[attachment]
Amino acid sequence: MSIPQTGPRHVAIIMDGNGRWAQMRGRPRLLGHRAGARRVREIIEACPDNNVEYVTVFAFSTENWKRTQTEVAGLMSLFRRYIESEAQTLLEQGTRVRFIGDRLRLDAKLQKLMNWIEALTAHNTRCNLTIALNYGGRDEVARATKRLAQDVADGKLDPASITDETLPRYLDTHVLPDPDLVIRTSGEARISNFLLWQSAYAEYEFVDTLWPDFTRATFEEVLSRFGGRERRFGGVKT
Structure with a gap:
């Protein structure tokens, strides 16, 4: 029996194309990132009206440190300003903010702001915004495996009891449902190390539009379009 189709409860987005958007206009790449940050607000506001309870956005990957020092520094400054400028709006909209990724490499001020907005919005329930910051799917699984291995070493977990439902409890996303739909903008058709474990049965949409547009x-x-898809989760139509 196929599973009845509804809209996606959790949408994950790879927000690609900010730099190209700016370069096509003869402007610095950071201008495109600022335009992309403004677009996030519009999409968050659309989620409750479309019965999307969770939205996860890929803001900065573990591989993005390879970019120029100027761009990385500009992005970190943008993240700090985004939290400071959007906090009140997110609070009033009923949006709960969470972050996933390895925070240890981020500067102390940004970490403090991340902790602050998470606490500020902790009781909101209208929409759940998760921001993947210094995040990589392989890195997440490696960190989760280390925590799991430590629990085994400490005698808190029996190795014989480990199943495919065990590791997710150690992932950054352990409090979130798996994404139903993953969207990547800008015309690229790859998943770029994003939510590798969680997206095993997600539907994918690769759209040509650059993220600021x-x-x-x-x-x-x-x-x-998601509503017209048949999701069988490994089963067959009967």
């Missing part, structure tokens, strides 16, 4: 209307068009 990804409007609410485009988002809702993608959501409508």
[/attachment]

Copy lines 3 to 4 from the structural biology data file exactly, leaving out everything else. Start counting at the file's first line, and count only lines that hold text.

């Protein structure tokens, strides 16, 4: 029996194309990132009206440190300003903010702001915004495996009891449902190390539009379009 189709409860987005958007206009790449940050607000506001309870956005990957020092520094400054400028709006909209990724490499001020907005919005329930910051799917699984291995070493977990439902409890996303739909903008058709474990049965949409547009x-x-898809989760139509 196929599973009845509804809209996606959790949408994950790879927000690609900010730099190209700016370069096509003869402007610095950071201008495109600022335009992309403004677009996030519009999409968050659309989620409750479309019965999307969770939205996860890929803001900065573990591989993005390879970019120029100027761009990385500009992005970190943008993240700090985004939290400071959007906090009140997110609070009033009923949006709960969470972050996933390895925070240890981020500067102390940004970490403090991340902790602050998470606490500020902790009781909101209208929409759940998760921001993947210094995040990589392989890195997440490696960190989760280390925590799991430590629990085994400490005698808190029996190795014989480990199943495919065990590791997710150690992932950054352990409090979130798996994404139903993953969207990547800008015309690229790859998943770029994003939510590798969680997206095993997600539907994918690769759209040509650059993220600021x-x-x-x-x-x-x-x-x-998601509503017209048949999701069988490994089963067959009967």
């Missing part, structure tokens, strides 16, 4: 209307068009 990804409007609410485009988002809702993608959501409508």